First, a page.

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First Year Course on Genghis Khan (Chinggis Khaan)

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Wind

English form:

wind

Mongolian forms:
Cyrillic

       Caлxи

Classical

 

Not the Substance, but the Movement

            The significance of the word wind, is not in the actual subject of wind itself, in the Mongol language there is much more emphasis and description about how wind moves and behaves. Just like the Mongolians have specific ways of describing horses, with colors and the specific describing words, they have words to describe the way the wind behaves. Wind is such a huge factor in the everyday lives of the Mongolians. Mongolia is an extremely windy country. The average wind speed of Mongolia is around 4-5 meters per second. This makes wind a strong presence and influence in shaping the culture of Mongolia. Even when orientating the set up of a ger, the wind’s influence is seen. Mongolians set up their gers so that they face south; this way the north blowing wind passes over the ger without entering the ger. Mongolian experience with wind is especially illustrated by their incredible ability to build a fire when the wind is whipping around them. Mongols try to avoid any action that may encourage an increase in the wind, like whistling outside. So in this sense, it is the direction, and behavior of wind that is important to Mongols than just the subject of wind.

Wind as seen in The Secret History

The Secret History uses wind in directional and euphemistic senses, and in specific expressions. Euphemistically, wind is used to express death or the annihilation of an entire people. When the Mongols destroy other clans and tribes, this phrase is often used to describe their fate. The phrase used, in the English translation, is ‘blown [in the wind] like ashes.’ Mongolian culture is very sensitive to death. The words  ‘die’ and ‘kill’ are not used in the entire text of The Secret History. Dying people are isolated from the rest of the population.

            Another use of wind in the English text appears in §56: “Chiledü is one whose hair has never blown in the wind…” (Onon §56). In the Mongolian text keyisümser is used to describe hair blowing in the wind to express suffering. In this passage Hö’elün is saying, “Chiledü has never had such a big loss in his life, how much he must be suffering! What will he do without me? How will he manage?” This is no longer commonly used, but it is a unique expression with a specific meaning. I was told that the violent movement of hair being thrown around, in wind or not, is a gesture of distress. I believe this to be true because of the way Hö’elün’s hair said to be thrown about her as she is crying for her love. The usage of a descriptor instead of the general term for wind, in this passage changes the meaning, and the expression is lost in the English translation.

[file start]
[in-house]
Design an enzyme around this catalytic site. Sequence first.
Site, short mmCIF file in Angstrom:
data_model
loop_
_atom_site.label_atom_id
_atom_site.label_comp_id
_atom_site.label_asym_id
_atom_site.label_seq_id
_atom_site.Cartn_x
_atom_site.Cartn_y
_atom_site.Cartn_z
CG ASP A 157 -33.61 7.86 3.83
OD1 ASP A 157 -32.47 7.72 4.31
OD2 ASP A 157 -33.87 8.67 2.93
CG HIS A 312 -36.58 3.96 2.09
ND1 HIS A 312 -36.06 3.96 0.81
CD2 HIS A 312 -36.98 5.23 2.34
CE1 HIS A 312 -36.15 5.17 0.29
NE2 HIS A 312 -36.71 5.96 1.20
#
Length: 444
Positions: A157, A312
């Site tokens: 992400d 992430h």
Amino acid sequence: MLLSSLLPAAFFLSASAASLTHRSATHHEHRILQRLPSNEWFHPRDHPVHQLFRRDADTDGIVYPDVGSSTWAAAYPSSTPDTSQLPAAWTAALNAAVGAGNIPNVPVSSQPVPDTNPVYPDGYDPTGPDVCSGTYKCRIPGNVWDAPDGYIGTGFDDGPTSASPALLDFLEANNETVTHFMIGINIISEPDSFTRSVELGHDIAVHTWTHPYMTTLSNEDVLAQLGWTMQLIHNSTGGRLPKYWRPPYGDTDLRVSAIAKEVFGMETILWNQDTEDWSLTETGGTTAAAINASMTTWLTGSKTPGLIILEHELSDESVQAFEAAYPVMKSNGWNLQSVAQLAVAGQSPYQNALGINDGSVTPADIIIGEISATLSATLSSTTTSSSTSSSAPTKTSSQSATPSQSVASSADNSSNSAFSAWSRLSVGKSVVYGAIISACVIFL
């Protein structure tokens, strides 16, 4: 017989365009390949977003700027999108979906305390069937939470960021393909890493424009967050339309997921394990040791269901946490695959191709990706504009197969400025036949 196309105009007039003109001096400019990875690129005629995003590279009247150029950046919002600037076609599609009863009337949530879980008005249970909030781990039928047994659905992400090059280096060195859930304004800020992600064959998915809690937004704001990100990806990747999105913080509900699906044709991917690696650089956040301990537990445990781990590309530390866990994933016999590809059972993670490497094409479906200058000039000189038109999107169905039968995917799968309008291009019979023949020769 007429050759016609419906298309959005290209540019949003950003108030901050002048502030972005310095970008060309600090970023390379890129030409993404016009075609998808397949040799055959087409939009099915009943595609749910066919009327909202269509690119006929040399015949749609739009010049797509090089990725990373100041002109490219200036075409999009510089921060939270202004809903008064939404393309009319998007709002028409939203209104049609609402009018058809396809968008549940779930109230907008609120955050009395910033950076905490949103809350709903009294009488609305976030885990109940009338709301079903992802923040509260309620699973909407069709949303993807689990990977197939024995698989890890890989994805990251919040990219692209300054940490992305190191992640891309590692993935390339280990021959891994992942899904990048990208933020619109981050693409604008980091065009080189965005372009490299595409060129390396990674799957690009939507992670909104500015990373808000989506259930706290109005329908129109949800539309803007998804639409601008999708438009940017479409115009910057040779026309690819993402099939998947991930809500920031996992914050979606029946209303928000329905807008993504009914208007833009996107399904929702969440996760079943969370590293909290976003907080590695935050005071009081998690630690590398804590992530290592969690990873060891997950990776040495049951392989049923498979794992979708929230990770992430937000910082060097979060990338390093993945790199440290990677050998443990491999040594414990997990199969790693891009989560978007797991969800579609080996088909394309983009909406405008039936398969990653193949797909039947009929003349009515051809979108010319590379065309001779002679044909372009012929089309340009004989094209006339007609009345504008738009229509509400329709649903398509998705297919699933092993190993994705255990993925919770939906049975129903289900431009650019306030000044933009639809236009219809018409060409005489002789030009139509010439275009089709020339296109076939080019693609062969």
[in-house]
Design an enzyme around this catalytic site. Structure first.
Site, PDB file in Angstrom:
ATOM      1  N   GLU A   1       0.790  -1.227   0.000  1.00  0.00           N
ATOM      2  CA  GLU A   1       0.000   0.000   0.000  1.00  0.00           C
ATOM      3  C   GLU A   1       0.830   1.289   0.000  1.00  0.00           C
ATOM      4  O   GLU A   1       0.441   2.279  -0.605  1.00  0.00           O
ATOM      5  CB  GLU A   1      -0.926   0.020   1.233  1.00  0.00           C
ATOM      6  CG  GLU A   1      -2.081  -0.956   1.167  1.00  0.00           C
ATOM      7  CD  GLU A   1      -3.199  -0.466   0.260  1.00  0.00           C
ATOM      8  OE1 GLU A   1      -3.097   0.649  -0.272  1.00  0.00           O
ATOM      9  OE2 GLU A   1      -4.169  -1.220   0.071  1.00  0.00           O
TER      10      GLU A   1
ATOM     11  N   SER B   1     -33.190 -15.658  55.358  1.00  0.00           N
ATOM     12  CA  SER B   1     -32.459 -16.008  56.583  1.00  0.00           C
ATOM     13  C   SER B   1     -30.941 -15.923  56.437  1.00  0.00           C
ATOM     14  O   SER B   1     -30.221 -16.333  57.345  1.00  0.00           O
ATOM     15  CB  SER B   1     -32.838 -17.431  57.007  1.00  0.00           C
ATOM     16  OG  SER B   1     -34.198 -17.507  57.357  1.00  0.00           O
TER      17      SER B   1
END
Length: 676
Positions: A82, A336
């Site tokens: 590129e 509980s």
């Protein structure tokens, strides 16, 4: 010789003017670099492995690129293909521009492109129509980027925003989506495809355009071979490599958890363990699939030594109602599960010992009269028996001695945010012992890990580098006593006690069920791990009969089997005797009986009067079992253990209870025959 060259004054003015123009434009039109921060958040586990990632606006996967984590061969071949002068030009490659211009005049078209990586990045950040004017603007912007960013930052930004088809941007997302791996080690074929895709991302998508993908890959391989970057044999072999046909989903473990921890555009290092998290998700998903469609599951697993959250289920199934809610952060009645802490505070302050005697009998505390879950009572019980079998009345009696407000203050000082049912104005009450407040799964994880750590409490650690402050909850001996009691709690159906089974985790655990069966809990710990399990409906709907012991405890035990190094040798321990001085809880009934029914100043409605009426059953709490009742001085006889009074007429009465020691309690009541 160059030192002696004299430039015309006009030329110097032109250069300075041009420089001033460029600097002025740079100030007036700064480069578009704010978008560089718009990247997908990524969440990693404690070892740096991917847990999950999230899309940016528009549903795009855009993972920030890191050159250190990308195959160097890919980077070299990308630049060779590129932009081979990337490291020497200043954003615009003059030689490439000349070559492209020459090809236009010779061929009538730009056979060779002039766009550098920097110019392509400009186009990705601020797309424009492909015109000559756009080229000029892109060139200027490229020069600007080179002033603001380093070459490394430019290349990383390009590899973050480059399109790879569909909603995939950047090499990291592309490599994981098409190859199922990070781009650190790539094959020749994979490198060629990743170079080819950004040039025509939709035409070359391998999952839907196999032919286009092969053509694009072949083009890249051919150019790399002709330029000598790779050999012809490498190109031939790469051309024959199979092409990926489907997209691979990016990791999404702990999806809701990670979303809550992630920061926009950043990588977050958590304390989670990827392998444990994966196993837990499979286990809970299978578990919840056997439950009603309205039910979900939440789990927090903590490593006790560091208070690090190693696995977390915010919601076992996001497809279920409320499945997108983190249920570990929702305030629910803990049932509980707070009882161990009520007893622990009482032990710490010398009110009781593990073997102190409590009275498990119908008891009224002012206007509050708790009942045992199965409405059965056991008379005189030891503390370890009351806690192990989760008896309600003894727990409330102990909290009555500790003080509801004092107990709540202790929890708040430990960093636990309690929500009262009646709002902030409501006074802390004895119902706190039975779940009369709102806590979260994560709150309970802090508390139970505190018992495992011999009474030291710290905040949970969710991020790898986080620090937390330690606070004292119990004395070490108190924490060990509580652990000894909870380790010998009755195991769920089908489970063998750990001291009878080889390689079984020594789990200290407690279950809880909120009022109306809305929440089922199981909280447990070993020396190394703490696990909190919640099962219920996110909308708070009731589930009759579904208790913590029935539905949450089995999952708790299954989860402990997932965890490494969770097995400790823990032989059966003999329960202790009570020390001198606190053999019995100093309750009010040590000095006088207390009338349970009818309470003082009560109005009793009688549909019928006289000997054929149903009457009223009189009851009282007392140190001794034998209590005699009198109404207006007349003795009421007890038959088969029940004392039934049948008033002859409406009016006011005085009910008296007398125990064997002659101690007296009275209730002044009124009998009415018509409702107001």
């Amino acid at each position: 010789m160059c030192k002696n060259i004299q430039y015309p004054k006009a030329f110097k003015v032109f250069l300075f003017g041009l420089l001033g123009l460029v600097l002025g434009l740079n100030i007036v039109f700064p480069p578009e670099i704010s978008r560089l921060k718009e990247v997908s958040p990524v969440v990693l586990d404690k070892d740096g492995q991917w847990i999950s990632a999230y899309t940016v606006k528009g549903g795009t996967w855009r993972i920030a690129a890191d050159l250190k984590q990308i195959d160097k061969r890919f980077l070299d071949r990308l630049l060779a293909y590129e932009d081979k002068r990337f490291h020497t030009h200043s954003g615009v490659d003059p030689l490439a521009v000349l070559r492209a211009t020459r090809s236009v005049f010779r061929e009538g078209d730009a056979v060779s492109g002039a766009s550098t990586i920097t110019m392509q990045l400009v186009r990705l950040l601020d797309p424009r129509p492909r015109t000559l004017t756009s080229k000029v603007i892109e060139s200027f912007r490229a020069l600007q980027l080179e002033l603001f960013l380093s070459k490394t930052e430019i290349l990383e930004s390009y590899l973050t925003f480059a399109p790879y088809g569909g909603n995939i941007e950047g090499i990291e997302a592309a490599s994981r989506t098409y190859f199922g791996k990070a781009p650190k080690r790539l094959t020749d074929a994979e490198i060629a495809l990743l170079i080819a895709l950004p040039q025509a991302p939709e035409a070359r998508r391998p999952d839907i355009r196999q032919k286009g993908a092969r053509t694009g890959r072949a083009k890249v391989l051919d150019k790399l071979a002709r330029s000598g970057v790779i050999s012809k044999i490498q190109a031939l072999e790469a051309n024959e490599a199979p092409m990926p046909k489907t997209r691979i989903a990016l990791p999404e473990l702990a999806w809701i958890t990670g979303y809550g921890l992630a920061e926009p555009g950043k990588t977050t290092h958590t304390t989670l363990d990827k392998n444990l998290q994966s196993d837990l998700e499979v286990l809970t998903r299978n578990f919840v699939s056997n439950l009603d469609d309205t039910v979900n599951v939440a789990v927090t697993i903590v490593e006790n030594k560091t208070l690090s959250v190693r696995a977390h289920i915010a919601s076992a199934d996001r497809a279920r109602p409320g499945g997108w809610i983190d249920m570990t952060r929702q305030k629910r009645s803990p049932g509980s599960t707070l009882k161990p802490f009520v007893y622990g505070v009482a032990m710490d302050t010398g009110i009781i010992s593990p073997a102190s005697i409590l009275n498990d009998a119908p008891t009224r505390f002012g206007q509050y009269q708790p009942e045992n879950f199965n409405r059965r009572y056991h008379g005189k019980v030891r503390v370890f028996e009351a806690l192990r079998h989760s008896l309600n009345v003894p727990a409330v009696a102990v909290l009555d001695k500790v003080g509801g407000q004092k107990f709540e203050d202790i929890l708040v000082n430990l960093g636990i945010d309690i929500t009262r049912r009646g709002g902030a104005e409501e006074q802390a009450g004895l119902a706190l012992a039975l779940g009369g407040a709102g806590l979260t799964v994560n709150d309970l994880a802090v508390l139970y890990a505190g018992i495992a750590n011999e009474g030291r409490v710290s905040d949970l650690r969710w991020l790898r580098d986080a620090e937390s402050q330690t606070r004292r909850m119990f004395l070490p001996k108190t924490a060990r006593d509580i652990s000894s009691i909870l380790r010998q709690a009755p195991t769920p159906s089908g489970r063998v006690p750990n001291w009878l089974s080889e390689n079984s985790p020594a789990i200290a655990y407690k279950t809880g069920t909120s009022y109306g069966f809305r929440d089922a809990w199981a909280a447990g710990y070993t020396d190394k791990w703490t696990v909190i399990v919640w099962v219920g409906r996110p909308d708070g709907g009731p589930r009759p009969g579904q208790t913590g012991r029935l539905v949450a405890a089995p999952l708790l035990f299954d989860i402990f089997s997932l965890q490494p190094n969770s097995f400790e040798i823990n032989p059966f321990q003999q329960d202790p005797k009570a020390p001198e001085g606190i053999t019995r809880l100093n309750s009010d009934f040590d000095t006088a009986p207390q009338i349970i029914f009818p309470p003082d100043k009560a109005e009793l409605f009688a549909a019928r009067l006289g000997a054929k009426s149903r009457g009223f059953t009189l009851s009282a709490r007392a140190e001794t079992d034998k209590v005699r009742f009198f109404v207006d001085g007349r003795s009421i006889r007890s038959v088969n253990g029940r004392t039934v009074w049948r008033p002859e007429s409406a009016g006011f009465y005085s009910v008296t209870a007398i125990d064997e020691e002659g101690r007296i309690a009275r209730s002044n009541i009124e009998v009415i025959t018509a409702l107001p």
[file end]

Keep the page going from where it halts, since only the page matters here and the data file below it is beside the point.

There is also a passage where tumbleweed tufts are uprooted and roll in the Steppe carried by the wind, these are seen from afar and are taken for enemy horsemen and Qa’atai Darmala, the chief of the Qa’at Merkit flees into the forest.

 

More information about Wind in Mongol Culture:

Shamanism and the forces of Nature

Wind is also an integral part of Shamanism. Many ancient Mongolians practiced Shamanism; “their deity was the sky, which they worshipped together with the spirits inhabiting the sun, the moon, the stars the mountains, the water, the trees and all natural things” (The Secret History, p. 4). Shamans were people who were said to have a direct relation to the spirits and deities of nature and were used as liaisons to ask favors and communicate by the general population.

Suldes

Historically, the Mongols have a positive association with wind. The wind is seen as driving the Mongol warriors on to further conquest and victory. The spirit banner or sulde is a very important and very powerful concept to Mongolians. The sulde is a spear with the hair from the best stallion the warrior has tied just under the blade. Warriors would put these outside their gers to identify him and to act as a guardian. This sulde was supposed to cannel the energy from the wind, sky and sun, to the warrior. Wind moving through the hairs of the banner is supposed to inspire the warrior. When the warrior died his soul is said to live forever in the horsehairs of his spirit banner “to inspire future generations” (Weatherford xvi). The relationship between the wind and a warrior’s soul was very intimately connected in the spirit banner, with the wind blowing and caressing the horsehair.

Musical Wind

Using wind to make music, though this is not found in a text, is definitely a part of Mongolian culture. The Mongolians have a special kind of music known commonly as throat singing, or overtone singing, which is the main style of singing for folk music. It is an ancient style, called khmööii, and was probably used in the time of Chinggis Qahan. The sound is produced by changing the shape of the mouth cavity to intensify the overtones, which are always present, created by the vibration of the vocal cords. These overtones can create sounds that imitate nature. Such as a rippling stream or the wind sweeping along\ the grasslands.

Some songs are played by the wind; people hold up instruments, and the wind blows through them and creates sound. Depending on the slight directional changes and intensity levels, it produces different pitches and created a melody. The sound is usually very soft, but depending on the wind levels, can be louder and more intense.

 

by Ashley Nepp

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